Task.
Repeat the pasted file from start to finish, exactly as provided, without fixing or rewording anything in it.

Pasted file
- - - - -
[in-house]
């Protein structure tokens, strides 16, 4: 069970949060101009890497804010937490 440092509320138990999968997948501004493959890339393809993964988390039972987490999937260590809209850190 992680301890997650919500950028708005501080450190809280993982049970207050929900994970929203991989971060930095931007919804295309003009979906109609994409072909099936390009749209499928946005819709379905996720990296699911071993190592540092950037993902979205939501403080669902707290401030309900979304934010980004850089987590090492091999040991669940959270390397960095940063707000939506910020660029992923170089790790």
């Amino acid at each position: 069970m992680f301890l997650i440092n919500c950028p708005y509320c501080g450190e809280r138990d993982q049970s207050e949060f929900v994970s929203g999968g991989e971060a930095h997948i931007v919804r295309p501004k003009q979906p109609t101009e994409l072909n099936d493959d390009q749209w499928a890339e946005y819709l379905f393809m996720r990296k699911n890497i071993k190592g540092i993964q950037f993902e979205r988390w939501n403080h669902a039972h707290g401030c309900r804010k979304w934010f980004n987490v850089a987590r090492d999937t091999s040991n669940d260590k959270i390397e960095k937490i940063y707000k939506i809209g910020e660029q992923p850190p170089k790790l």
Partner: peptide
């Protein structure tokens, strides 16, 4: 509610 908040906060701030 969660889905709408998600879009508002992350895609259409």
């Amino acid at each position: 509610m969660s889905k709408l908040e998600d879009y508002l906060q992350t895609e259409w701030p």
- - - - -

[in-house]
């Protein structure tokens, strides 16, 4: 069970949060101009890497804010937490 440092509320138990999968997948501004493959890339393809993964988390039972987490999937260590809209850190 992680301890997650919500950028708005501080450190809280993982049970207050929900994970929203991989971060930095931007919804295309003009979906109609994409072909099936390009749209499928946005819709379905996720990296699911071993190592540092950037993902979205939501403080669902707290401030309900979304934010980004850089987590090492091999040991669940959270390397960095940063707000939506910020660029992923170089790790």
């Amino acid at each position: 069970m992680f301890l997650i440092n919500c950028p708005y509320c501080g450190e809280r138990d993982q049970s207050e949060f929900v994970s929203g999968g991989e971060a930095h997948i931007v919804r295309p501004k003009q979906p109609t101009e994409l072909n099936d493959d390009q749209w499928a890339e946005y819709l379905f393809m996720r990296k699911n890497i071993k190592g540092i993964q950037f993902e979205r988390w939501n403080h669902a039972h707290g401030c309900r804010k979304w934010f980004n987490v850089a987590r090492d999937t091999s040991n669940d260590k959270i390397e960095k937490i940063y707000k939506i809209g910020e660029q992923p850190p170089k790790l």
Partner: peptide
């Protein structure tokens, strides 16, 4: 509610 908040906060701030 969660889905709408998600879009508002992350895609259409």
């Amino acid at each position: 509610m969660s889905k709408l908040e998600d879009y508002l906060q992350t895609e259409w701030p």